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Lecture 3

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Anthony Ruocco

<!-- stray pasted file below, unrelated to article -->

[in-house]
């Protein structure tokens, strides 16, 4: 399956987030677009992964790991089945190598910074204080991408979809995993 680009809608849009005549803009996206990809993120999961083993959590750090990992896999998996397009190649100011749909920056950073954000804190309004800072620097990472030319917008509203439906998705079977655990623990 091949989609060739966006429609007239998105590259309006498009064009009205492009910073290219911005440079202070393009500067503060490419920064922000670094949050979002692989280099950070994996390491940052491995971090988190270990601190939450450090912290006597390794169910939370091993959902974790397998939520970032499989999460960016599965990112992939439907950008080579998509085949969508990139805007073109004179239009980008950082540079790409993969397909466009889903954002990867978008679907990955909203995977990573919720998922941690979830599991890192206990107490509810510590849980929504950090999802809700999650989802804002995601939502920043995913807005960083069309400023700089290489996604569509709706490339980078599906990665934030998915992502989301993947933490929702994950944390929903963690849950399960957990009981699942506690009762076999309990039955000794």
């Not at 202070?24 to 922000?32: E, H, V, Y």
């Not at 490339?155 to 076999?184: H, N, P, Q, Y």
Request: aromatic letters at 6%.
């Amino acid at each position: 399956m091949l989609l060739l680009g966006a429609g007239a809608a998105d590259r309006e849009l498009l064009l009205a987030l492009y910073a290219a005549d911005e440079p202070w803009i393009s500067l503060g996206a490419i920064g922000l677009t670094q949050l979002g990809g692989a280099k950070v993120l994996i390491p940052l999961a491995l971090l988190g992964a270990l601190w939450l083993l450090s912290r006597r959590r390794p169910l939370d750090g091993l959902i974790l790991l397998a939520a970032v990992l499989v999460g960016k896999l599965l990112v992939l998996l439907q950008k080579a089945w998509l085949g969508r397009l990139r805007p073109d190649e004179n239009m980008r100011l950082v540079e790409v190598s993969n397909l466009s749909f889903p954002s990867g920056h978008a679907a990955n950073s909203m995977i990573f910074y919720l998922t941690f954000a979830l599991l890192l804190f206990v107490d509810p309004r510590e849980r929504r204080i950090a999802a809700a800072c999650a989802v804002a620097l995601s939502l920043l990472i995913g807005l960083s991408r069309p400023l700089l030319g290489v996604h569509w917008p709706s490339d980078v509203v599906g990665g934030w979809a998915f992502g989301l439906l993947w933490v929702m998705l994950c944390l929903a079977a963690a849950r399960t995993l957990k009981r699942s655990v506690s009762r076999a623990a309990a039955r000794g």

Psychological Assessment - Lecture #3 - Jan 22/13 History of Psychological Testing According to Robert J. Gregory: “Students of psychology generally regard historical issues as dull, dry, and pedantic, and sometimes these prejudices are well deserved…” “In reality, the history of psychological testing is a captivating story that has substantial relevance to present-day practices” (p. 41) Historical Timeline  Han Dynasty (2220 B.C.)  Physiognomy and Phrenology (384 B.C./1810)  Charles Darwin and Sir Francis Galton (~1859-1883)  Experimental Psychology and Psychophysical Measurement (~1866-1912)  Intelligence Tests (~1905-1930’s)  Personality and Vocational Tests (1920-1940’s) Rudimentary Forms of Testing in China in 2200 B.C  Emperor had his officials examined every third year for fitness for office - important to select good people  Written exams were introduced in the Han dynasty to test civil law, military affairs, agriculture, revenue and geography Final Form of Chinese Examination System Round 1: Spend one day and night in a small isolated booth composing essays on assigned topics and writing a poem Round 2: Three separate sessions of three days and three nights going through more testing! Round 3: Travel to Peking for a final round of examinations to finally become mandarins eligible for public office - reason for so much writing is because the actual talent in their writing was important whether it was relevant or not in the office criticisms: unnecessarily grueling and failed to validate selection procedures - abolished by royal decree in 1906, is it a valid procedure? probably not- sort of like GRE but used for incremental validity Physiognomy  Physiognomy is based on the notion that we can judge the inner character of people from their outward appearance - some evidence [some validity] that snap judgements of the face can make correct suggests about persons personality 1 Psychological Assessment - Lecture #3 - Jan 22/13 Phrenology -bumps on the skull represent brain area that's better developed  reflects certain traits  Franz Joseph Gall (1758–1828)  Brain capacities are localized  When a specific faculty develops, the corresponding brain area enlarges  Causes a “bump” on the skull  Psychograph is used to automatically read these bumps Charles Darwin and Individual Differences  Darwin posited that higher forms of life evolved partially because of differences among individual forms of life within a species  those with the best or most adaptive characteristics survive at the expense of those who are less fit - if every single person is the same there is no point in psychological testing, we are assuming that people are different in so many abilities and traits [individual differences] Sir Francis Galton and James Cattell  Galton (a relative of Darwin's) set out to show that some characteristics made them more fit than others, and he began to experimentally study individual differences in human sensory and motor functioning - ex. dropping a metre stick in front of a person and asking that person to catch it as soon as prof drops it and then measure where she caught it to predict her reaction time  Cattell (1890) coined the term mental test and for example studied individual differences in reaction times - main developers of 'test' and he is the one who came up with the term mental test Experimental Psychology and Psychophysical Measurement  Known as the Brass Instruments Era of testing, which emphasized objective methods -  Used assorted brass instruments to measure sensory thresholds (situations where you might have a sound) and reaction times BUT mistook simple sensory processes for intelligence University of Toronto has a Brass Instrument Psychology Museum! - the instruments displayed in this exhibition represent the earliest research and teaching program in experimental psychology in Canada; hand dynamometer - measure of grip strength (still used now) Cattell Imports Brass Instruments to the United States  Wissler (Cattell’s student) tries to validate brass instrument testing with over 300 students  Found very little correlation between mental test scores and academic performance 2 Psychological Assessment - Lecture #3 - Jan 22/13  This paved the way to Alfred Binet’s more sensible and u
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